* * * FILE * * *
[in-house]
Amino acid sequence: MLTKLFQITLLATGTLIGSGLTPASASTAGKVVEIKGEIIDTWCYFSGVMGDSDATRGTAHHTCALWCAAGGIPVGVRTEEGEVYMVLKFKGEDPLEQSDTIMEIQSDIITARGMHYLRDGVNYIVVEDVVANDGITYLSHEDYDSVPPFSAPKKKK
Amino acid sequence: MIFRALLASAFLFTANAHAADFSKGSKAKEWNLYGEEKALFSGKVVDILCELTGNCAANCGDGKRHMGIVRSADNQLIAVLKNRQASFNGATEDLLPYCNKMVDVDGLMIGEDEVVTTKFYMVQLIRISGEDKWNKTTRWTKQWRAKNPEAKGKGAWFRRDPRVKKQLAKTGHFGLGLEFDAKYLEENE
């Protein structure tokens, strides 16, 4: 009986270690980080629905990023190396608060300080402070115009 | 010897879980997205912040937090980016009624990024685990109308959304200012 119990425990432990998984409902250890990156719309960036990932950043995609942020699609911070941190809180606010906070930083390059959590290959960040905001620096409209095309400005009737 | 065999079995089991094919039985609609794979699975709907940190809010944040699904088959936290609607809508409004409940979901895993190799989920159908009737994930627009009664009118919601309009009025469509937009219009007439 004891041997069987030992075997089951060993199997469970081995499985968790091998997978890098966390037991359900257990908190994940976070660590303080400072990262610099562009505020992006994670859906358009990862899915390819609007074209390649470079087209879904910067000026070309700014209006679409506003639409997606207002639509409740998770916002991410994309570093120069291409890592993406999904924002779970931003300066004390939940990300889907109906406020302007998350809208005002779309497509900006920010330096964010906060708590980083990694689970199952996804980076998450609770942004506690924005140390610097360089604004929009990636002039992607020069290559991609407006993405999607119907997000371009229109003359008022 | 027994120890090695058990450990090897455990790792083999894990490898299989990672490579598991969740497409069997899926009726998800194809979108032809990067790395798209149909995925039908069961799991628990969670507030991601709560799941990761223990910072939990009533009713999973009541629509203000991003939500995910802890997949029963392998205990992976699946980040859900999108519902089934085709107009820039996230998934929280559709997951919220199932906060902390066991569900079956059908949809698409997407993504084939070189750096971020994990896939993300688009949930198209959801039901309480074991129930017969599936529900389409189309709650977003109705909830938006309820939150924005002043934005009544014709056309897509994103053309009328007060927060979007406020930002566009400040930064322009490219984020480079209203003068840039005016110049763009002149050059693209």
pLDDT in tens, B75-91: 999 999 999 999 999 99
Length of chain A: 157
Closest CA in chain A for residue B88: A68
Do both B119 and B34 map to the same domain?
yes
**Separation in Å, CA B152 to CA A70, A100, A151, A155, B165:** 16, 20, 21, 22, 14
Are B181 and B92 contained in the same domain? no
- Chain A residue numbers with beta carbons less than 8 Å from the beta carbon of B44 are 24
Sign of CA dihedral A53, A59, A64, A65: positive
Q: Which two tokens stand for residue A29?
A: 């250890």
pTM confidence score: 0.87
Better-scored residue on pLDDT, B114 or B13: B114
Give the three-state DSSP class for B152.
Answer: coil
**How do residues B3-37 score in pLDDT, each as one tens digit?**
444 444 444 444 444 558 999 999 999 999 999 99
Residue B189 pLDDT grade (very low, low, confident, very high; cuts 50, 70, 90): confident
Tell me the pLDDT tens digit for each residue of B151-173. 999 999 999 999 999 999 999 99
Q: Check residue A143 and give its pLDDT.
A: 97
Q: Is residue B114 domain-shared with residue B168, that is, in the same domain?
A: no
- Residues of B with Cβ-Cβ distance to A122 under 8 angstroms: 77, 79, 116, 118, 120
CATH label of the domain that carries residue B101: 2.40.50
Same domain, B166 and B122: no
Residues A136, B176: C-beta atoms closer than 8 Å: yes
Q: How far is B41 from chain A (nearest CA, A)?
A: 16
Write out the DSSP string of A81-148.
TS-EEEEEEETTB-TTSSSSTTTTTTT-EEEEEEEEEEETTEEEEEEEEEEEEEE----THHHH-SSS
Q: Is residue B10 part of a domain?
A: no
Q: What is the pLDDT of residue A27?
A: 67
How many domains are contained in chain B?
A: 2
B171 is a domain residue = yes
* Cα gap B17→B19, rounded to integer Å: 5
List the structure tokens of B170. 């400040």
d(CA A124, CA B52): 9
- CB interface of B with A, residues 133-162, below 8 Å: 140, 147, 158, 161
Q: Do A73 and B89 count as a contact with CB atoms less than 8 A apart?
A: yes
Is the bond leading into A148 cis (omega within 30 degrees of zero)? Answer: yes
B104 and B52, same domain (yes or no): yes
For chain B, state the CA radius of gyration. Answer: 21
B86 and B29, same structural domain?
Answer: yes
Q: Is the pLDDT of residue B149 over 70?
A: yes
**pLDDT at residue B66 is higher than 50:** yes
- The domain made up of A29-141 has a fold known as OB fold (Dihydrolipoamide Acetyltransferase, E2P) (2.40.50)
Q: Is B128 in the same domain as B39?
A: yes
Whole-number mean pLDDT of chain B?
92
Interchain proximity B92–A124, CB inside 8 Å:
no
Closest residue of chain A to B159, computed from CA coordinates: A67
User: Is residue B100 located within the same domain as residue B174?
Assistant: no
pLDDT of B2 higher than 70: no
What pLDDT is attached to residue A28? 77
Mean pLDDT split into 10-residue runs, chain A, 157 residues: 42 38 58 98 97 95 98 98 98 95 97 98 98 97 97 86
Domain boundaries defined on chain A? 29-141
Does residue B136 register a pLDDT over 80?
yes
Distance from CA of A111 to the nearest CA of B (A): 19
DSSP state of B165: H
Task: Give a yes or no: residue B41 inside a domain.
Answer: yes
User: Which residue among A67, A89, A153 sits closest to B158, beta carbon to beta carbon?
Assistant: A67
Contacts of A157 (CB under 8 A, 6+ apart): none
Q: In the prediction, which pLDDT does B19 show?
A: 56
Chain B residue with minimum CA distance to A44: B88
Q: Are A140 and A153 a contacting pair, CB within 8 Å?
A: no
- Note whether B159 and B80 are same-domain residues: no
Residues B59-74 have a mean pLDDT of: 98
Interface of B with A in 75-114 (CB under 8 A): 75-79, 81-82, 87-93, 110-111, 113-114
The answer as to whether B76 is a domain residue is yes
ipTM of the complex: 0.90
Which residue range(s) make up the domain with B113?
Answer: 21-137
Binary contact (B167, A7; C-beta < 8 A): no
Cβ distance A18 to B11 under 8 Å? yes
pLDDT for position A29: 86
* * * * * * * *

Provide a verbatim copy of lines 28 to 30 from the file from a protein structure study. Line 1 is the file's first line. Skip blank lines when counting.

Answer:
- Residues of B with Cβ-Cβ distance to A122 under 8 angstroms: 77, 79, 116, 118, 120
CATH label of the domain that carries residue B101: 2.40.50
Same domain, B166 and B122: no